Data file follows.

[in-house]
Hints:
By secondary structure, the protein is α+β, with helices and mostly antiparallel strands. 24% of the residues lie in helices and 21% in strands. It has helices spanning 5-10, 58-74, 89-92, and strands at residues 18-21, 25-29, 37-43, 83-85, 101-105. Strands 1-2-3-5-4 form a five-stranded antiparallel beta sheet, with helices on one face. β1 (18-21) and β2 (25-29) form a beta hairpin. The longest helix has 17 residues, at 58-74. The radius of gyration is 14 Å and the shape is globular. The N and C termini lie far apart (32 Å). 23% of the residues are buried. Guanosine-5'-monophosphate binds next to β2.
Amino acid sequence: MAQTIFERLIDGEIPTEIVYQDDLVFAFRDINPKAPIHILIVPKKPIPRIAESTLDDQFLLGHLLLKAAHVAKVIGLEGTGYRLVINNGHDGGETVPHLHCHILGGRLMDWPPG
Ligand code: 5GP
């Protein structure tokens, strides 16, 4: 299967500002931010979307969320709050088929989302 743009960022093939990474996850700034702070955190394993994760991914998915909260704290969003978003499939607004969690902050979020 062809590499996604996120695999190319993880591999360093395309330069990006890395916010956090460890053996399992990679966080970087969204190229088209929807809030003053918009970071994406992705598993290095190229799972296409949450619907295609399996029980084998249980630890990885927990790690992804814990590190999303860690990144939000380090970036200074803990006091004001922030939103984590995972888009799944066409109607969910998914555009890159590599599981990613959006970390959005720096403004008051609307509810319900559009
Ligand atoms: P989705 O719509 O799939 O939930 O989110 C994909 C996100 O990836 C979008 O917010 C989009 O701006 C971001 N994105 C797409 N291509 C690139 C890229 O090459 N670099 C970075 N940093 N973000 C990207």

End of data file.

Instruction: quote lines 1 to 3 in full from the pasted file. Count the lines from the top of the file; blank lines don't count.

[in-house]
Hints:
By secondary structure, the protein is α+β, with helices and mostly antiparallel strands. 24% of the residues lie in helices and 21% in strands. It has helices spanning 5-10, 58-74, 89-92, and strands at residues 18-21, 25-29, 37-43, 83-85, 101-105. Strands 1-2-3-5-4 form a five-stranded antiparallel beta sheet, with helices on one face. β1 (18-21) and β2 (25-29) form a beta hairpin. The longest helix has 17 residues, at 58-74. The radius of gyration is 14 Å and the shape is globular. The N and C termini lie far apart (32 Å). 23% of the residues are buried. Guanosine-5'-monophosphate binds next to β2.